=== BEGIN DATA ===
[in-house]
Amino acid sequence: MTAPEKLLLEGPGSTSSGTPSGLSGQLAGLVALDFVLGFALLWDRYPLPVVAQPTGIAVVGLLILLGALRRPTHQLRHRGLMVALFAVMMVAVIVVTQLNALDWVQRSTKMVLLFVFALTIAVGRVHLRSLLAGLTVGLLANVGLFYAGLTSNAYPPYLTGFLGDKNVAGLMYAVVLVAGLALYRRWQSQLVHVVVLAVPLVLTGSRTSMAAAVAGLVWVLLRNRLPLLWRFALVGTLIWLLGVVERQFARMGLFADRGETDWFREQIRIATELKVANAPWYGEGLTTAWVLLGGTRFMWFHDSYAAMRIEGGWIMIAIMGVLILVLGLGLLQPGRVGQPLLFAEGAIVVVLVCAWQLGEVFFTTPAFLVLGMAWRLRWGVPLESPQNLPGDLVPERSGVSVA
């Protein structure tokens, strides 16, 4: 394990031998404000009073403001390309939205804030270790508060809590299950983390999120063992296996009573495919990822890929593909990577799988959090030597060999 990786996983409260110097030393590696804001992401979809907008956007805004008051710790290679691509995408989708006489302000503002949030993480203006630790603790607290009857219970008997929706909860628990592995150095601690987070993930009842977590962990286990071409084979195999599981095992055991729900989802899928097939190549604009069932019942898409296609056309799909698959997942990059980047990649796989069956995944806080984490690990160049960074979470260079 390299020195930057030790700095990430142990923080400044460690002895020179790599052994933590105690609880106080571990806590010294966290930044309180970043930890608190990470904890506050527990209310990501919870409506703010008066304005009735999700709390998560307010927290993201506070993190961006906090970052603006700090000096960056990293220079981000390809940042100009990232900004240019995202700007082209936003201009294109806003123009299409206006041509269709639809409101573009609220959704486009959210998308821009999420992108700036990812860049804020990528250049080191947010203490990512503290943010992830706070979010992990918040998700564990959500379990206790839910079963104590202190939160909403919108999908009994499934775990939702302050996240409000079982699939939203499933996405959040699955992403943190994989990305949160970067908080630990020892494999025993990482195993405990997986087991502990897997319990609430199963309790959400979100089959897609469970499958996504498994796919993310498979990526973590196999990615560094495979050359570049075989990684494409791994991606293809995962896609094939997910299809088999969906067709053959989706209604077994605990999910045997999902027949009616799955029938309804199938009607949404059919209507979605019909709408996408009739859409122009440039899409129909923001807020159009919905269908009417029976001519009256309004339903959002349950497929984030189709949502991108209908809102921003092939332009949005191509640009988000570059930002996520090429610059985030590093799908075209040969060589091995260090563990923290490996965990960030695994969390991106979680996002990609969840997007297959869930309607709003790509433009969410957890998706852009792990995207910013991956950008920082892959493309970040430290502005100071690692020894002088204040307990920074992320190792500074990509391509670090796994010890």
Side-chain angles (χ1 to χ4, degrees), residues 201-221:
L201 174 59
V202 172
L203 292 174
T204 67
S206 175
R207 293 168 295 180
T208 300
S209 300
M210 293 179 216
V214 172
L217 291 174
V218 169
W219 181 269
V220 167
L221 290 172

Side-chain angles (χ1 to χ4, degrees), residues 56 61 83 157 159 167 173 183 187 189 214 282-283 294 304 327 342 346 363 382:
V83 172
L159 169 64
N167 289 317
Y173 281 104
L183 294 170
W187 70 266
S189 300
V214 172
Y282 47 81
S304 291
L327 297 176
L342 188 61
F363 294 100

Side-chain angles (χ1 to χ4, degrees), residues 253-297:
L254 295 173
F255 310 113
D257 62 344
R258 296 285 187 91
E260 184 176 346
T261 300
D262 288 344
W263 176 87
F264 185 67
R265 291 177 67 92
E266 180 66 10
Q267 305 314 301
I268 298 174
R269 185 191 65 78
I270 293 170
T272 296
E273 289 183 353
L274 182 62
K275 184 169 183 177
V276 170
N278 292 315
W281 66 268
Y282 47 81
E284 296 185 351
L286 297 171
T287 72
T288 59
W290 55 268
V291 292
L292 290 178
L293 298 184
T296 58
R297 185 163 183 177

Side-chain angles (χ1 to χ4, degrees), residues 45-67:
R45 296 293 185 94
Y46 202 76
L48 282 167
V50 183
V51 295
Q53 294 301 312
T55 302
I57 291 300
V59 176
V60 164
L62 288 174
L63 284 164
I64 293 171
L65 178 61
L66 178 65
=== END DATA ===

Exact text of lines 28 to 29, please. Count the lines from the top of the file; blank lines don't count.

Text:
V214 172
Y282 47 81